Wave Discontinues ALS Agent WVE-004, FDA Pushes Back Decision on SRP-9001, Asundexian Receives Fast Track Designation


Neurology News Network for the week ending May 27, 2023. [WATCH TIME: 3 minutes]

WATCH TIME: 3 minutes

Welcome to this special edition of Neurology News Network. I’m Marco Meglio.

Despite hitting its target engagement, newly announced topline findings from the phase 1b/2a FOCUS-C9 study showed that treatment with WVE-004 did not result in clinical benefit after 24 weeks, prompting Wave to discontinue its development. The company remains on track to share data later this year from its phase 1b/2a SELECT-HD study assessing its investigational agent WVE-003 in patients with Huntington disease. FOCUS-C9 was a global, double-blind, placebo-controlled trial that assessed the safety and tolerability of single- and multiple-ascending doses of WVE-004, an antisense oligonucleotide, in patients with C9orf72-associated amyotrophic lateral sclerosis and frontotemporal dementia. Over a 24-week treatment period, investigators observed maximal mean reductions of 48% and 50% in poly(GP), a pharmacodynamic biomarker, in the WVE-004 groups dosed every 12 or 4 weeks.

In a company update, Sarepta Therapeutics announced that the FDA has informed it will need additional time to complete the review of SRP-9001, a gene therapy in development for Duchenne muscular dystrophy (DMD). It anticipates that the review will be complete by June 22, 2023. Sarepta noted in its announcement that the agency has indicated that it is working toward potentially granting an accelerated approval for SRP-9001, using the phase 3 EMBARK study (NCT05096221) as a confirmatory trial. If approved, the therapy would become the first gene therapy on the market for DMD, with an indication for patients between 4 and 5 years old; however, the FDA may entertain a non-age-restricted expansion of the SRP-9001 label if EMBARK meets its objectives. EMBARK is set to complete later this year and have data read out in the fourth quarter of 2023.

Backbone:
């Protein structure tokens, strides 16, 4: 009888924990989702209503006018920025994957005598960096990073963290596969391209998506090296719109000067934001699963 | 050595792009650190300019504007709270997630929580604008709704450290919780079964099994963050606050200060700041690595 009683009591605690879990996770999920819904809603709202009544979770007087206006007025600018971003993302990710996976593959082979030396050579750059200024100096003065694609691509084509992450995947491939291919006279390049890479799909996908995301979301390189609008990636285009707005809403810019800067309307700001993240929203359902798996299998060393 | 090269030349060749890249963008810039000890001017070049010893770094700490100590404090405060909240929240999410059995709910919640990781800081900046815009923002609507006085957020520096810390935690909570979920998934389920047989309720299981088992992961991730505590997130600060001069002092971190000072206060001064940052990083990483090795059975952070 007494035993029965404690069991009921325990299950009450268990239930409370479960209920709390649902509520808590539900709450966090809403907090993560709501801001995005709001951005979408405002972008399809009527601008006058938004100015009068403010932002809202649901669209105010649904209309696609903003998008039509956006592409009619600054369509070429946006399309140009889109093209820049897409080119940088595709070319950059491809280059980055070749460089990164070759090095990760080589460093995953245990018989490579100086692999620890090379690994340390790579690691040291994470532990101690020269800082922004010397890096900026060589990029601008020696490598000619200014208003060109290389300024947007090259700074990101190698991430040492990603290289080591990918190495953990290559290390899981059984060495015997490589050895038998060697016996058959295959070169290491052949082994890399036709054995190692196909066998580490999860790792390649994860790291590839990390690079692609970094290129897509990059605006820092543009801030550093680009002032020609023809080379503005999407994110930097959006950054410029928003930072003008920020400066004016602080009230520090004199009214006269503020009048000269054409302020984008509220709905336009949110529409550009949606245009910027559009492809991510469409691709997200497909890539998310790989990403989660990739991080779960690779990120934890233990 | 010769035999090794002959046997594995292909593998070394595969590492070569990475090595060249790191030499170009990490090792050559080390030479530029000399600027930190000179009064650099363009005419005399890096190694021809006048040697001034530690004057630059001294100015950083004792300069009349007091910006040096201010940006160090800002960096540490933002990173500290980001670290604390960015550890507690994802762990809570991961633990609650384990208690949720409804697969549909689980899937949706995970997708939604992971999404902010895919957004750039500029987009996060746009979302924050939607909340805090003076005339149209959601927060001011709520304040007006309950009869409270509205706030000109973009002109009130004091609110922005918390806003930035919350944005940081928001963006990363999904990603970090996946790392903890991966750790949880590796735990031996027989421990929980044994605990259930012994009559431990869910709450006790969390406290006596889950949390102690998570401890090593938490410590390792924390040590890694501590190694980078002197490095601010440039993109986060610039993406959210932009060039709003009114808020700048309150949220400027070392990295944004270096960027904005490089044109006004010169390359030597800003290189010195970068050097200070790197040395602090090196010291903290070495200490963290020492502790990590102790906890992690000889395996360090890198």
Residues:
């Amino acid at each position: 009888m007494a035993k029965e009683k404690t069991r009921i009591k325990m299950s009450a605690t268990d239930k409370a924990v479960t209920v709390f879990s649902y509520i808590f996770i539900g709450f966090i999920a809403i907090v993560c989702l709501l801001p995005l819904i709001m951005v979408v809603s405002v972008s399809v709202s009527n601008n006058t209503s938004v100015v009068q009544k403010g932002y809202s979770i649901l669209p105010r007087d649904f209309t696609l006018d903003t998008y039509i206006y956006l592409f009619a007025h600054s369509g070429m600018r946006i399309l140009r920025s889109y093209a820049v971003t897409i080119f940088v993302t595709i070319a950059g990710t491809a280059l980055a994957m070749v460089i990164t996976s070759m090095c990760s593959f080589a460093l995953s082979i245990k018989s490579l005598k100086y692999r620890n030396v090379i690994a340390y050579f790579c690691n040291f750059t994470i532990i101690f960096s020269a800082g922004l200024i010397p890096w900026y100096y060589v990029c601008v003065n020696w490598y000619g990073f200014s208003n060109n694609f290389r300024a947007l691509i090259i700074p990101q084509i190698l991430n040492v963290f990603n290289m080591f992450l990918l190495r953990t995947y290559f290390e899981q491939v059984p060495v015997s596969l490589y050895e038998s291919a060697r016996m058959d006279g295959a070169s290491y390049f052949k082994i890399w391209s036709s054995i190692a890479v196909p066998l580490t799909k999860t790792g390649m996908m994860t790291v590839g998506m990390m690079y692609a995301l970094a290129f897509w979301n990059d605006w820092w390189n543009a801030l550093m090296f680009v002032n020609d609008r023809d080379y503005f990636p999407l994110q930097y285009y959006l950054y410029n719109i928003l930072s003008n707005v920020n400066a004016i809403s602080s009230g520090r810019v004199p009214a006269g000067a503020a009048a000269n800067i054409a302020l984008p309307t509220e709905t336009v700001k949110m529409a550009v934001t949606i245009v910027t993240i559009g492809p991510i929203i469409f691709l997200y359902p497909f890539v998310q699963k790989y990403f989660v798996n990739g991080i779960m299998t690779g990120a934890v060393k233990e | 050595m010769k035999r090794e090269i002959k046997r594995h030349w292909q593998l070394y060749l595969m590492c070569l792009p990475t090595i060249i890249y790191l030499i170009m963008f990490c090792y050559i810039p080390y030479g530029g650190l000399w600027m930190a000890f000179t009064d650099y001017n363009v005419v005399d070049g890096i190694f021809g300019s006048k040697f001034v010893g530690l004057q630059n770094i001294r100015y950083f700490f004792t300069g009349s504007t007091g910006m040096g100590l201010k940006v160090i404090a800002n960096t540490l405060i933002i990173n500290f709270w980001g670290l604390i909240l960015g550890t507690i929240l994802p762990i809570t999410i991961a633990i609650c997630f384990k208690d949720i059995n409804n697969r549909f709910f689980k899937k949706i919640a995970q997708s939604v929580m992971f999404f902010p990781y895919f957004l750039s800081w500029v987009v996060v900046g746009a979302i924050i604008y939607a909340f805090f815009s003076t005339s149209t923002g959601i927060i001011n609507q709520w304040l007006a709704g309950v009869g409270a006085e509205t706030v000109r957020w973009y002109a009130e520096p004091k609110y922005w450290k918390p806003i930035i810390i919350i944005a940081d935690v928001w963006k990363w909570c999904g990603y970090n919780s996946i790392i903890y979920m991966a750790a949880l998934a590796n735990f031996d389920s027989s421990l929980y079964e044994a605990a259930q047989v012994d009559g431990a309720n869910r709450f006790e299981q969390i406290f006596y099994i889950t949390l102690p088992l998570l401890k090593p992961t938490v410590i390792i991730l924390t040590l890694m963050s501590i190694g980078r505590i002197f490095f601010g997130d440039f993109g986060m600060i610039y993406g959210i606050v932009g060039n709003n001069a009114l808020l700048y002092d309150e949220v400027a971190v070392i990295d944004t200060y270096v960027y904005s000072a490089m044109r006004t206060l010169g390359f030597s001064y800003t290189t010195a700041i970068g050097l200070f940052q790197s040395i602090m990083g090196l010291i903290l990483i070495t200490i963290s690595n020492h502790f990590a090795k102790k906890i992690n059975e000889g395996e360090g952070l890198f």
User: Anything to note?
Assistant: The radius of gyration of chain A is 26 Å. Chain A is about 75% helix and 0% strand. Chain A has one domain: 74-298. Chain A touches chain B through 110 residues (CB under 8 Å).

In a recent announcement, the FDA granted fast track designation for Bayer’s investigational drug asundexian (BAY2433334), an oral direct, potent inhibitor of activated coagulation factor XI (FXIa), as a potential treatment to prevent stroke and systemic embolism in patients with atrial fibrillation (AF). The therapy is currently being evaluated in the OCEANIC clinical trial program, which comprises 2 large multinational studies, OCEANIC-AF and OCEANIC-STROKE, expected to enroll more than 27,000 patients over more than 40 countries. This was the second time asundexian receives fast track designation, the first of which came in 2022 for the prevention of stroke in patients after a non-cardioembolic ischemic stroke.

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